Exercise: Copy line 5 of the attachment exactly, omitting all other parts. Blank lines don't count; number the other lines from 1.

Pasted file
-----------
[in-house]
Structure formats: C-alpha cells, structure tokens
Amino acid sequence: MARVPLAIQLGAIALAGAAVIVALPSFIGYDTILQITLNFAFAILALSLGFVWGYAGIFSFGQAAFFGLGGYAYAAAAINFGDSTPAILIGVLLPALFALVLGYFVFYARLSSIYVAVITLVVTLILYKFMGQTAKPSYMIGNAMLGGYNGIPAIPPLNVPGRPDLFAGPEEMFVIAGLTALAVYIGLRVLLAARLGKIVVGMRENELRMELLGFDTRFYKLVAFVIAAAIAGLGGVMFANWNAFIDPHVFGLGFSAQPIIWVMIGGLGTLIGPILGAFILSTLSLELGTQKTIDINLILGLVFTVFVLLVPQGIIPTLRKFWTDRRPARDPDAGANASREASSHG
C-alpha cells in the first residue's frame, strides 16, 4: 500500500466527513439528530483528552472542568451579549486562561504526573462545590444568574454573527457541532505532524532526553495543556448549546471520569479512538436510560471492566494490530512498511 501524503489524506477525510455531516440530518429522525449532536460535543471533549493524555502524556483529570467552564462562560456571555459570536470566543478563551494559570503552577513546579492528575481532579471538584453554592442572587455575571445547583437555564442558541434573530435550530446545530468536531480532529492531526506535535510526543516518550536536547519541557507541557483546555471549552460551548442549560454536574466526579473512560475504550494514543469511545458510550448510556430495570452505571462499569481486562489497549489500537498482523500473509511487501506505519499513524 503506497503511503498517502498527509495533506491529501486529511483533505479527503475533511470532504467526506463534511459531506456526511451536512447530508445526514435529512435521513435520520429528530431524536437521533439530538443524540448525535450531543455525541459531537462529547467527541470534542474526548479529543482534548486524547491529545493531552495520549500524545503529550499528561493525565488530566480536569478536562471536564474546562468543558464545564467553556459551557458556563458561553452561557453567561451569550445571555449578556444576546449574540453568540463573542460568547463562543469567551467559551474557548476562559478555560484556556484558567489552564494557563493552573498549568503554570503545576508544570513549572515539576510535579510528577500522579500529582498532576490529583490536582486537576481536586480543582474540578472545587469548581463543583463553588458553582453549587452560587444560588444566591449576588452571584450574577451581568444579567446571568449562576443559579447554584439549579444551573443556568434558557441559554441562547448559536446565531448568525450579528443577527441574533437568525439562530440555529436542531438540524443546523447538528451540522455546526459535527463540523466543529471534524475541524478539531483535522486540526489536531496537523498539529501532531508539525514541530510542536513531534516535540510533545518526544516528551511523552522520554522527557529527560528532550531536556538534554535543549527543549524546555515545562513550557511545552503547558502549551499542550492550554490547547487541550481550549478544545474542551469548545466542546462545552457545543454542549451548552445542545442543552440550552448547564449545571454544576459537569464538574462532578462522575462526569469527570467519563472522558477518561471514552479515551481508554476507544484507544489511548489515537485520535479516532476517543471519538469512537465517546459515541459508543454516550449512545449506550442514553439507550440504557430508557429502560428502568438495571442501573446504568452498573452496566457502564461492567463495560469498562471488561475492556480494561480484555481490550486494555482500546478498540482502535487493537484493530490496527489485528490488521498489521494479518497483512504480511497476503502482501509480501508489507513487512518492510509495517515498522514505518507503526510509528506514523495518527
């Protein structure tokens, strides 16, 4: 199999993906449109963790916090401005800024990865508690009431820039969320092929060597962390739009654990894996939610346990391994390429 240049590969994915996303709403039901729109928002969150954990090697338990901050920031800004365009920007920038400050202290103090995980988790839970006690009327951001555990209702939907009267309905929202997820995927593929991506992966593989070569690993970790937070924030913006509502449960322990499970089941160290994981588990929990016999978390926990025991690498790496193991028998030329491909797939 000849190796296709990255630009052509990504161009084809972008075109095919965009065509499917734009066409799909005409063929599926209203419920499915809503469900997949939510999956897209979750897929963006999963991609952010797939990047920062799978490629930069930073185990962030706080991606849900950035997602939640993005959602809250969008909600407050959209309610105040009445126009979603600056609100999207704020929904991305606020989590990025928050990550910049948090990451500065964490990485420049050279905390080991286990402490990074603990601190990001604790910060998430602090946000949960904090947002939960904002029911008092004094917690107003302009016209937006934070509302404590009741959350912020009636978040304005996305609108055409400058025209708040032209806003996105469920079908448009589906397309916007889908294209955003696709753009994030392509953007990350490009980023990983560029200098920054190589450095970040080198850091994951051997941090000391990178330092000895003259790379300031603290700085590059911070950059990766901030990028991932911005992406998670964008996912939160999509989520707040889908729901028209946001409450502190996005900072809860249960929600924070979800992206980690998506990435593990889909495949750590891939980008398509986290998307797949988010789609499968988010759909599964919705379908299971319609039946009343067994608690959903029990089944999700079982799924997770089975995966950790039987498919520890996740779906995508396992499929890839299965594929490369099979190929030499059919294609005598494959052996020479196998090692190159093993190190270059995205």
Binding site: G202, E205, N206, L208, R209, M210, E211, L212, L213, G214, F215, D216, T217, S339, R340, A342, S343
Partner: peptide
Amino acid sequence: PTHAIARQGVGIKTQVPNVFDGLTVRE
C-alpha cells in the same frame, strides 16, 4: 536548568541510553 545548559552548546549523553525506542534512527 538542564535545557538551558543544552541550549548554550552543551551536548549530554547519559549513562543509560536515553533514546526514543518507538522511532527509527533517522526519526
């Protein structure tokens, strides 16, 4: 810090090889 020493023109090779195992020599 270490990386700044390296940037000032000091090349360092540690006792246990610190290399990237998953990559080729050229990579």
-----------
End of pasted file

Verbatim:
């Protein structure tokens, strides 16, 4: 199999993906449109963790916090401005800024990865508690009431820039969320092929060597962390739009654990894996939610346990391994390429 240049590969994915996303709403039901729109928002969150954990090697338990901050920031800004365009920007920038400050202290103090995980988790839970006690009327951001555990209702939907009267309905929202997820995927593929991506992966593989070569690993970790937070924030913006509502449960322990499970089941160290994981588990929990016999978390926990025991690498790496193991028998030329491909797939 000849190796296709990255630009052509990504161009084809972008075109095919965009065509499917734009066409799909005409063929599926209203419920499915809503469900997949939510999956897209979750897929963006999963991609952010797939990047920062799978490629930069930073185990962030706080991606849900950035997602939640993005959602809250969008909600407050959209309610105040009445126009979603600056609100999207704020929904991305606020989590990025928050990550910049948090990451500065964490990485420049050279905390080991286990402490990074603990601190990001604790910060998430602090946000949960904090947002939960904002029911008092004094917690107003302009016209937006934070509302404590009741959350912020009636978040304005996305609108055409400058025209708040032209806003996105469920079908448009589906397309916007889908294209955003696709753009994030392509953007990350490009980023990983560029200098920054190589450095970040080198850091994951051997941090000391990178330092000895003259790379300031603290700085590059911070950059990766901030990028991932911005992406998670964008996912939160999509989520707040889908729901028209946001409450502190996005900072809860249960929600924070979800992206980690998506990435593990889909495949750590891939980008398509986290998307797949988010789609499968988010759909599964919705379908299971319609039946009343067994608690959903029990089944999700079982799924997770089975995966950790039987498919520890996740779906995508396992499929890839299965594929490369099979190929030499059919294609005598494959052996020479196998090692190159093993190190270059995205």